Not sure what else I can do here, so I'm wondering if anyone has any suggestions.
I've never been a runner or much into excersize or sports, and didn't do much of it other than when I was in Highschool.
I made my career choice to become a Police Officer as I was leaving Highschool after beginning to volunteer with the RCMP and having been on a few ride alongs. I admittedly was young and foolish and although I never did anything on the wrong side of the law, I did not take excersize and being healthy seriously. That was over 10 years ago and I've been doing everything I can to make myself a successful applicant for the RCMP, except up until about a year ago, I still wasn't excersizing and getting physically fit like I should have been. Because of this, I'm not sure if I'm doing anything correctly, and although I've been trying to get fit, eat healthier, and more active, I don't seem to have much to show for it.
I began trying a multitude of different things on my own, and in years past I had joined a gym, only to never go. I decided that whatever I was doing couldn't be right and after having read lots of the internet I found the FBI Workout with Stew Smith as an app to purchase and download onto the phone as very well recommended. I knew I wouldn't be able to do all of it off the bat but it would give me a good idea where to start and try. I'm not sure if anyone has seen the app but it has a different workout each day for 5 weeks using most or all of the muscle groups with lots of running, jogging and sprinting.
Now while I havent been following the workouts 100% I was trying my hardest to do my best but I found that for instance even after 3 weeks, I cou'dn't do more than about 10 pushups at a time. That was a while ago and I still can't.
Depending on the day, I can start off with say 3-5 pullups, but I might do pullups, then pushups, then a bunch of other excersize, and loops back to the begninning to start with pullups again. By the time I've got to my second round, my 5 pullups has turned to 3, by the third round, I'm lucky to get one in. Same with pushups, I can do say 10 on both the first two rounds, by the third, I'm lucky to get 5.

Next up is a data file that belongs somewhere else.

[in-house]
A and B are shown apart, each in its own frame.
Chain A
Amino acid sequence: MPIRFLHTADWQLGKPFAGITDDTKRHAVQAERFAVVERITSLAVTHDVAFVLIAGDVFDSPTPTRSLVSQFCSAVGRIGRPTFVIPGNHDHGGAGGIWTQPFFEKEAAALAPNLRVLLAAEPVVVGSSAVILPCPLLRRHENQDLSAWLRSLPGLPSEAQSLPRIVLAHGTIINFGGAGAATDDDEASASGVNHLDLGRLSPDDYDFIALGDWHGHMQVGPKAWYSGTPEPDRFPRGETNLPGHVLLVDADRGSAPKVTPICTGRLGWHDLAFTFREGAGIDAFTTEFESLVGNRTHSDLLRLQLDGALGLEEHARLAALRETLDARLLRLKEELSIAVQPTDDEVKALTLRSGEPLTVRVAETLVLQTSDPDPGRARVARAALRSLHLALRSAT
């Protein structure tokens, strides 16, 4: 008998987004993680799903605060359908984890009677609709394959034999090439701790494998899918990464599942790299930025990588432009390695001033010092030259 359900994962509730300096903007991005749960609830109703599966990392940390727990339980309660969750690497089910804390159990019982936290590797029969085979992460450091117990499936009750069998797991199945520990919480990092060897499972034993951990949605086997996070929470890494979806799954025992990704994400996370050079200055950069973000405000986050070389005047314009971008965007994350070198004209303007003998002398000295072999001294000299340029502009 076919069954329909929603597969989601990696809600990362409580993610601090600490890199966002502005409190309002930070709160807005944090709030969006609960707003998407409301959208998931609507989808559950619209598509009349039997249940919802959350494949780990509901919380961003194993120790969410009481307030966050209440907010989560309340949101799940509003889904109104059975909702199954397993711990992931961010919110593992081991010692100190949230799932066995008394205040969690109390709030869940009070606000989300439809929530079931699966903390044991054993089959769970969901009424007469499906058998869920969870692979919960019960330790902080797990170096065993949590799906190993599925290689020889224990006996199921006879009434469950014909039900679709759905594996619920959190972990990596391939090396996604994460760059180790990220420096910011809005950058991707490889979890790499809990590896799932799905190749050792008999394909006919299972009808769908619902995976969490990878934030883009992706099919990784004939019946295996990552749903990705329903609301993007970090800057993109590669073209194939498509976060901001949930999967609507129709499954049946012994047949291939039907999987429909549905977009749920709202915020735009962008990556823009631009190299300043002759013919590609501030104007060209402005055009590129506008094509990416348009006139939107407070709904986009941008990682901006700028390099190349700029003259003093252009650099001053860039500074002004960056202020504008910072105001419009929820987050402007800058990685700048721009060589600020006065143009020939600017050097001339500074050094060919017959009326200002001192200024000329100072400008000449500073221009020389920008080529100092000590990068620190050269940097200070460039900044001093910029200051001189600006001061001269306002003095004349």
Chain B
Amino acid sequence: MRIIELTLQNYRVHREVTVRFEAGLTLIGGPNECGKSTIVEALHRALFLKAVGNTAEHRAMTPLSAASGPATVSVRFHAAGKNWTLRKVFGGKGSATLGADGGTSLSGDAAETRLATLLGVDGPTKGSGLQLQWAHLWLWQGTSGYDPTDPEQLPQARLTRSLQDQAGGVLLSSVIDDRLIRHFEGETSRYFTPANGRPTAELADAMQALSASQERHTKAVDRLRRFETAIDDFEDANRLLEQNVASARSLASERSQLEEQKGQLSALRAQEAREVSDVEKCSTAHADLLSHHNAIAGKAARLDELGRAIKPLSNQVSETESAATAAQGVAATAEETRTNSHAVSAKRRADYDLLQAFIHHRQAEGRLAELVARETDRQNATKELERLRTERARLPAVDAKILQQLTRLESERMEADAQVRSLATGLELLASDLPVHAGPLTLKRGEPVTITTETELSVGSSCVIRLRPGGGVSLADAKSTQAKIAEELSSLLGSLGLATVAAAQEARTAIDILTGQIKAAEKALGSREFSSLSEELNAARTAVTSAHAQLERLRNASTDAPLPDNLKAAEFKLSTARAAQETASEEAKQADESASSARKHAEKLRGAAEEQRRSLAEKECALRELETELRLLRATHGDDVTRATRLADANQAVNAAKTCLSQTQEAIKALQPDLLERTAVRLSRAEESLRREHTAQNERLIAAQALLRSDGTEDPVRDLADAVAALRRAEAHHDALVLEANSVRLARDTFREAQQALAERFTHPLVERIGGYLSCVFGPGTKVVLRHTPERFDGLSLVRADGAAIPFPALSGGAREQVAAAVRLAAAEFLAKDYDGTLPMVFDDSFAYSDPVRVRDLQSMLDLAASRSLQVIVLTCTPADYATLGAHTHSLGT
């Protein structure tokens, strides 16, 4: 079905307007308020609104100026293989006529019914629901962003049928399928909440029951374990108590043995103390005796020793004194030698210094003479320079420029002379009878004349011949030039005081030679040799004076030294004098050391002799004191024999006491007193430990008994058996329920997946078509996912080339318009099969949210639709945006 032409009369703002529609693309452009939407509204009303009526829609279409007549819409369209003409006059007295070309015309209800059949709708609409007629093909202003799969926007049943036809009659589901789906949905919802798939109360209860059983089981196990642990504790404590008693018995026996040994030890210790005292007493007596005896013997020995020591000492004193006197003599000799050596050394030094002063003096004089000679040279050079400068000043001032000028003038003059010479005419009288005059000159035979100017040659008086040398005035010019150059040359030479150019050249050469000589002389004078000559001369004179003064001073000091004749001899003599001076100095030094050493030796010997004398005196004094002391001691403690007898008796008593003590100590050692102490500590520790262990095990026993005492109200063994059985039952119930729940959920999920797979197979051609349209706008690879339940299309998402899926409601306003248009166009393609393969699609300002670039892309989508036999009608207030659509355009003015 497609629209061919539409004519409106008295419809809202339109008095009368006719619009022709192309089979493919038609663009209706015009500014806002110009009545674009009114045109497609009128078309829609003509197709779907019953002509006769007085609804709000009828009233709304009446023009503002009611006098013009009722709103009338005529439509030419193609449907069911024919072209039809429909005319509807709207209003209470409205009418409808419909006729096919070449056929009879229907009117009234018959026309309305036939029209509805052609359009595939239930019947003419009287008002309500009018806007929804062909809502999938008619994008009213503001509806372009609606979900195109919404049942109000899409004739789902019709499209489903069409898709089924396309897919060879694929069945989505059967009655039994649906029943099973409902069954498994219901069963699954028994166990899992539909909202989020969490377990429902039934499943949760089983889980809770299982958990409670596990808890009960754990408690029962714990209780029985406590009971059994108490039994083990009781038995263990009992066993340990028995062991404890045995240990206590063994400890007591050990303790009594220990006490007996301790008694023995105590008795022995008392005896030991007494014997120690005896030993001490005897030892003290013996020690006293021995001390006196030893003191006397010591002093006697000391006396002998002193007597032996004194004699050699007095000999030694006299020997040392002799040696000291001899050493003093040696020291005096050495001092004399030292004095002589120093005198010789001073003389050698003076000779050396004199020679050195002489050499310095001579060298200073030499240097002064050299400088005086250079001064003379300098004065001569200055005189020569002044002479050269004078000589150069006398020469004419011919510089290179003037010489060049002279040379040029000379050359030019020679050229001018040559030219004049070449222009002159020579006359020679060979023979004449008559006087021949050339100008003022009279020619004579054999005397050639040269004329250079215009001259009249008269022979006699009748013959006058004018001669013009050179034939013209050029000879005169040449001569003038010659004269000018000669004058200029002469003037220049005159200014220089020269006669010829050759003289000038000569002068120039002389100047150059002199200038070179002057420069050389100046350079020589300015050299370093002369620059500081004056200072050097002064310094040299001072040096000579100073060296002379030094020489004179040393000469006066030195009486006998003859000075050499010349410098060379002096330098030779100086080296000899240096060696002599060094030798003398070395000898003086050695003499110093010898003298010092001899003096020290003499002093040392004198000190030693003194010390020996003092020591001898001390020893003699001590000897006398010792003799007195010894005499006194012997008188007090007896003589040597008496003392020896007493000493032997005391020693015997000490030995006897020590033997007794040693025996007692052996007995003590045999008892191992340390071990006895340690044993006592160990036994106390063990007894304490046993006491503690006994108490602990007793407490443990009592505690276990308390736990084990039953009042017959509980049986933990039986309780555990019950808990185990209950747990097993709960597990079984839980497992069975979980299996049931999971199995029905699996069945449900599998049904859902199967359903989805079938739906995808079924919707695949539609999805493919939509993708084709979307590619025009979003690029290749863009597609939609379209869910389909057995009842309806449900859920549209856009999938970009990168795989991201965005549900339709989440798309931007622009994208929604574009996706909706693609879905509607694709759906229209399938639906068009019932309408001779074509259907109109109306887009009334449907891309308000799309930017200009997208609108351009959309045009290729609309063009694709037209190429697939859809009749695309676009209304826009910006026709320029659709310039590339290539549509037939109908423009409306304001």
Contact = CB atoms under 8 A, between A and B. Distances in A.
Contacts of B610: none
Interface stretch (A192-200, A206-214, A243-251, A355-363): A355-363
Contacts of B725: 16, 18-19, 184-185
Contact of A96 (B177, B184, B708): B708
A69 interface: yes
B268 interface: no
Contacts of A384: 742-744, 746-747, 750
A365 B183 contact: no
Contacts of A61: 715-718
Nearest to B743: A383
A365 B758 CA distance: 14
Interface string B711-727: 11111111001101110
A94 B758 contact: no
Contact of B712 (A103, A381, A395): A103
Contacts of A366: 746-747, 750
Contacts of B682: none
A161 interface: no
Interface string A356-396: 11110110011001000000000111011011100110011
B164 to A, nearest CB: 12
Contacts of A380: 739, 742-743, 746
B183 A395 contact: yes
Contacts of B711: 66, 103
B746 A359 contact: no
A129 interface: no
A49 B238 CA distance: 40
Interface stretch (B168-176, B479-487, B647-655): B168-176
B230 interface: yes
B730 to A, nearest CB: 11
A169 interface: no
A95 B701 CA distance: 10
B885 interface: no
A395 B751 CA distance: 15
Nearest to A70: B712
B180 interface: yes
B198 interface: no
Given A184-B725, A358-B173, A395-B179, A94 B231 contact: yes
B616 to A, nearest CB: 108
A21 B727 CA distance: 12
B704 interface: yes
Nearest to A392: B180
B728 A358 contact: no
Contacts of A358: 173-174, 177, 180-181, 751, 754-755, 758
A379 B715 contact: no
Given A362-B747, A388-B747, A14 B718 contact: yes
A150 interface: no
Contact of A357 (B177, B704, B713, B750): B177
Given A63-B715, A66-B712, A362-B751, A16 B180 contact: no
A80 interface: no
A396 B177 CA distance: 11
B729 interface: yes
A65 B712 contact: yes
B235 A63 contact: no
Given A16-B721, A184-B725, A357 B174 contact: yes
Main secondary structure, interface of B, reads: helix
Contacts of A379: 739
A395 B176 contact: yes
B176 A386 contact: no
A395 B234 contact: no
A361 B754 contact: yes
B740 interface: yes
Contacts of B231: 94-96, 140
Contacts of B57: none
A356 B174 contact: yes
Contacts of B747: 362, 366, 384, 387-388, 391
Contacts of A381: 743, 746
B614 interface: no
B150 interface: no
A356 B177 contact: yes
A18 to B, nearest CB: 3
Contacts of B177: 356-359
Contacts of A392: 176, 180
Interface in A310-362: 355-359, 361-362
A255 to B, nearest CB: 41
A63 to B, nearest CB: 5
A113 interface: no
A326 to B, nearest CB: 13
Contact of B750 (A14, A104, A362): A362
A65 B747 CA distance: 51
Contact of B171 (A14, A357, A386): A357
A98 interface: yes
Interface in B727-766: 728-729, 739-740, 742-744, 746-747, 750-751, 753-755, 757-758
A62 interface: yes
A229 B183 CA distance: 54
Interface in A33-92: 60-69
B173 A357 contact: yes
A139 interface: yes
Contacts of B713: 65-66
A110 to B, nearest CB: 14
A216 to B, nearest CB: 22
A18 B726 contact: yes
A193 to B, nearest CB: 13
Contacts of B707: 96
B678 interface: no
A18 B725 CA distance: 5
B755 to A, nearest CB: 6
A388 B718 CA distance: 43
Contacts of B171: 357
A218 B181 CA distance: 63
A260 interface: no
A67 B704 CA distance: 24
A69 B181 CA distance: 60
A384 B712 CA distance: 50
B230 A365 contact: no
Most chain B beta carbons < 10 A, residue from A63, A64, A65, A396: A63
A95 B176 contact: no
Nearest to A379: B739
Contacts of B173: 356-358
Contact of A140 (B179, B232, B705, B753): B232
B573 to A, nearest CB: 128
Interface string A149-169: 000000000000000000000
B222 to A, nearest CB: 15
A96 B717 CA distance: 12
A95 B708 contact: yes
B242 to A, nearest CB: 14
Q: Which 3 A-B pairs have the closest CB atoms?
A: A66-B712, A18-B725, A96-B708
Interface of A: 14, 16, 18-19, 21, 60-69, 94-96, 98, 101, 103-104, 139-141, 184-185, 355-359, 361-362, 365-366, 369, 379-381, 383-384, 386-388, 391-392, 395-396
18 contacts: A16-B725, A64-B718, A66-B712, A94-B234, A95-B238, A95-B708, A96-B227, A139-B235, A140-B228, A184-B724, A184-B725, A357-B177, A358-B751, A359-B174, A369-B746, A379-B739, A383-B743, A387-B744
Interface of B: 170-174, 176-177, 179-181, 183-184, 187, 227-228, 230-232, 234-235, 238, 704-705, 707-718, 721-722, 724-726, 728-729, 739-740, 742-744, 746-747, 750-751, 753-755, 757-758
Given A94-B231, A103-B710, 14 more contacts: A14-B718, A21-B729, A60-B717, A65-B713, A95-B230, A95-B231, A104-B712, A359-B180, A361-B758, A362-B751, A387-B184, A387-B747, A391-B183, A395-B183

In terms of running, I was at first just doing whatever, with no real goals, or times, or anything. I spoke with some others knowing that my cardio was probably where I needed to start out and found out one of my coworkers used to be a running trainer. He recommended a running plan that sounds similar to, or exactly like the Couch 2 5k thing, which I also have on my phone. Having other friends and others on the internet saying it really works, I figured I'd try that.
I started with 1 min walk and 1 min run on week one, to week three where it was 1 min walk and 3 min run, adding a min to each running segment for each extra week, aiming for an hour of running time each session.
I found that the first two weeks were easy enough to get an hour in, week 3 with 3 min runs was more difficult but managable.
To give a better idea of how i'm running, it's on a treadmill, walking speed is 3MPH and running was at 5MPH, I'm trying to be running 3 times a week but sometimes 2 days is all I can get in. I know treadmill running is not ideal, but I have two kids, 2 and 4yo and work two jobs and just do not have the time to get out of the house, as my only day off, I'm with the kids.
Anyway, I've found that I'm stuck around the 3min-4min run time. Before Christmas I was ok get to get about an hour in of running, but could never seem to improve either my time or distance, as after an hour I was done, and if I tried to increase the speed, i'd poop out faster.